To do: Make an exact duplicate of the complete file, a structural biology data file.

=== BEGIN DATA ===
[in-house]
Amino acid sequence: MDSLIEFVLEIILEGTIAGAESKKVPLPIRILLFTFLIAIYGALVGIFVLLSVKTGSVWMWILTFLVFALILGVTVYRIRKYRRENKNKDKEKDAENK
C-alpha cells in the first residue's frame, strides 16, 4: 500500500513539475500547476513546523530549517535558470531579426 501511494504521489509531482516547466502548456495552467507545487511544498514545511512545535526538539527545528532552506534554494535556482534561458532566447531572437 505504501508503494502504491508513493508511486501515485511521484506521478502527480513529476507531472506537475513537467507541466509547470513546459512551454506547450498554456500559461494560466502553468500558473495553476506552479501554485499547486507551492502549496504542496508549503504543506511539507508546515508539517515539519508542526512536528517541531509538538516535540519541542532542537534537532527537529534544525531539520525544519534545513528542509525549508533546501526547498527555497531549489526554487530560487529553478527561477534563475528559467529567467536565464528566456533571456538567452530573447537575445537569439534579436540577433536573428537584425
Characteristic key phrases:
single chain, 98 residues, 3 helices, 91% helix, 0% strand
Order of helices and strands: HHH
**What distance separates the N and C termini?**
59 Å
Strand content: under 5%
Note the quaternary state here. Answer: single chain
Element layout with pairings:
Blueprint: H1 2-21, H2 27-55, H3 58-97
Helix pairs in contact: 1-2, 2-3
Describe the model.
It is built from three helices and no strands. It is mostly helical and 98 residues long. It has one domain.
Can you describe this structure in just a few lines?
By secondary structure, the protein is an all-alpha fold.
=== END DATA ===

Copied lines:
[in-house]
Amino acid sequence: MDSLIEFVLEIILEGTIAGAESKKVPLPIRILLFTFLIAIYGALVGIFVLLSVKTGSVWMWILTFLVFALILGVTVYRIRKYRRENKNKDKEKDAENK
C-alpha cells in the first residue's frame, strides 16, 4: 500500500513539475500547476513546523530549517535558470531579426 501511494504521489509531482516547466502548456495552467507545487511544498514545511512545535526538539527545528532552506534554494535556482534561458532566447531572437 505504501508503494502504491508513493508511486501515485511521484506521478502527480513529476507531472506537475513537467507541466509547470513546459512551454506547450498554456500559461494560466502553468500558473495553476506552479501554485499547486507551492502549496504542496508549503504543506511539507508546515508539517515539519508542526512536528517541531509538538516535540519541542532542537534537532527537529534544525531539520525544519534545513528542509525549508533546501526547498527555497531549489526554487530560487529553478527561477534563475528559467529567467536565464528566456533571456538567452530573447537575445537569439534579436540577433536573428537584425
Characteristic key phrases:
single chain, 98 residues, 3 helices, 91% helix, 0% strand
Order of helices and strands: HHH
**What distance separates the N and C termini?**
59 Å
Strand content: under 5%
Note the quaternary state here. Answer: single chain
Element layout with pairings:
Blueprint: H1 2-21, H2 27-55, H3 58-97
Helix pairs in contact: 1-2, 2-3
Describe the model.
It is built from three helices and no strands. It is mostly helical and 98 residues long. It has one domain.
Can you describe this structure in just a few lines?
By secondary structure, the protein is an all-alpha fold.